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We started including some PHP into our web pages, but we wanted to keep our incoming links working. Instead of a bunch of redirects, we simply mapped HTML files to PHP via:

AddType application/x-httpd-php .html

All was well for a few months. Then the the host operators did something to the server (Follow-up: It turned out that the PHP engine was switched), and browsers started downloading the files with the PHP code included (rather than viewing them). They said that we to change our .htaccess file to:

AddType x-httpd-php .html

Is the lack of "application/" newer? Or could they change something again later requiring us to go back?

Is there a more robust way to map .HTML to PHP?

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started downloading the files with the PHP code included sounds like PHP was disabled or removed from the web server –  Christopher Wilson Jun 11 '12 at 23:39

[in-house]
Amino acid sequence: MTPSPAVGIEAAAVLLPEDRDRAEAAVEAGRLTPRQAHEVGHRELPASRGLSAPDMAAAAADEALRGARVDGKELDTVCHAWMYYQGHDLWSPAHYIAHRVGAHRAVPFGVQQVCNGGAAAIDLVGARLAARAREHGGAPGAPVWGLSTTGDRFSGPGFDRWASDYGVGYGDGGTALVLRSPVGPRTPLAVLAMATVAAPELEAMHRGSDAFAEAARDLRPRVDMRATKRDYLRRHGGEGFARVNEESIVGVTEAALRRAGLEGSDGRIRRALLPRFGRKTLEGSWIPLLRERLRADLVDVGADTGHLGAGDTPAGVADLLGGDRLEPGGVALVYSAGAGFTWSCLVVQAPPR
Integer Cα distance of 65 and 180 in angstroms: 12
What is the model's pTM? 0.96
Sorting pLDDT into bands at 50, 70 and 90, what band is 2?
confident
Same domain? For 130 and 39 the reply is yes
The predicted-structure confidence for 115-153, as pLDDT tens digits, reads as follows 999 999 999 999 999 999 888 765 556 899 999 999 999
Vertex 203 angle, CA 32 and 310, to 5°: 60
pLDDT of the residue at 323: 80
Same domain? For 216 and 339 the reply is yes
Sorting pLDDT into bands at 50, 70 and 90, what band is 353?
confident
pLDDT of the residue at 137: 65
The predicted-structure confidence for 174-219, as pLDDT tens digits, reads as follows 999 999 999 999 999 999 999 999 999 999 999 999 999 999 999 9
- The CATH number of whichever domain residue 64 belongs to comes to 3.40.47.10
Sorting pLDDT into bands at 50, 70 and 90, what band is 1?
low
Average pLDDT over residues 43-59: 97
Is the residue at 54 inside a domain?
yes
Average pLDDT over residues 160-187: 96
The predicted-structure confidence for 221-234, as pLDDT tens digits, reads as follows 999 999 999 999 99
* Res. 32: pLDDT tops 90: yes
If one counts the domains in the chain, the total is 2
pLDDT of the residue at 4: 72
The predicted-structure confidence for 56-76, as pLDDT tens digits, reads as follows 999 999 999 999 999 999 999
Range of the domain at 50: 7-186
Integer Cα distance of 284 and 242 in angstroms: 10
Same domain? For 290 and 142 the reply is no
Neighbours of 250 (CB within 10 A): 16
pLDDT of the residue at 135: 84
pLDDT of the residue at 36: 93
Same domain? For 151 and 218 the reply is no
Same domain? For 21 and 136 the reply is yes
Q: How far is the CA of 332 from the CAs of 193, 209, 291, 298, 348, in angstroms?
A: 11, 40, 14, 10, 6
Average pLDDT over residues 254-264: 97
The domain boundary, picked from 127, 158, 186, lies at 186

@ChristopherWilson Removing "application/" did fix the problem, and .php extensions never broke. –  sharoz Jun 12 '12 at 0:14
    
Try using mod_rewrite for this and even look at using it to make your URL friendly. This is all I have done in the past when wanting to do things like this. –  djo Jun 12 '12 at 0:31
    
Looking into it. Thanks! –  sharoz Jun 12 '12 at 2:43

1 Answer 1

up vote 2 down vote accepted

If you are using shared hosting, and you don't control your server, there is always going to be a possibility that the system owner will break something. If you run your own system there is a still a chance something will break, but at least it will break as a result of you doing something. If you setup a good QA infrastructure you can apply updates to a test box before you upgrade the production host allowing you to see what breaks and fix issues before you update the production system.

But yes, it is entirely possible something may change about PHP, or how it is setup on that system in the future breaking that mapping again.

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Thanks for the info! We're a research group hosted by university IT, which is free. But we're considering switching to a private host just for reliability. –  sharoz Jun 12 '12 at 2:46
    
Well complain to the admins for the university web server. Surely they can setup some kind of automated testing, so when they perform upgrades they get alerted when something breaks. –  Zoredache Jun 12 '12 at 4:48

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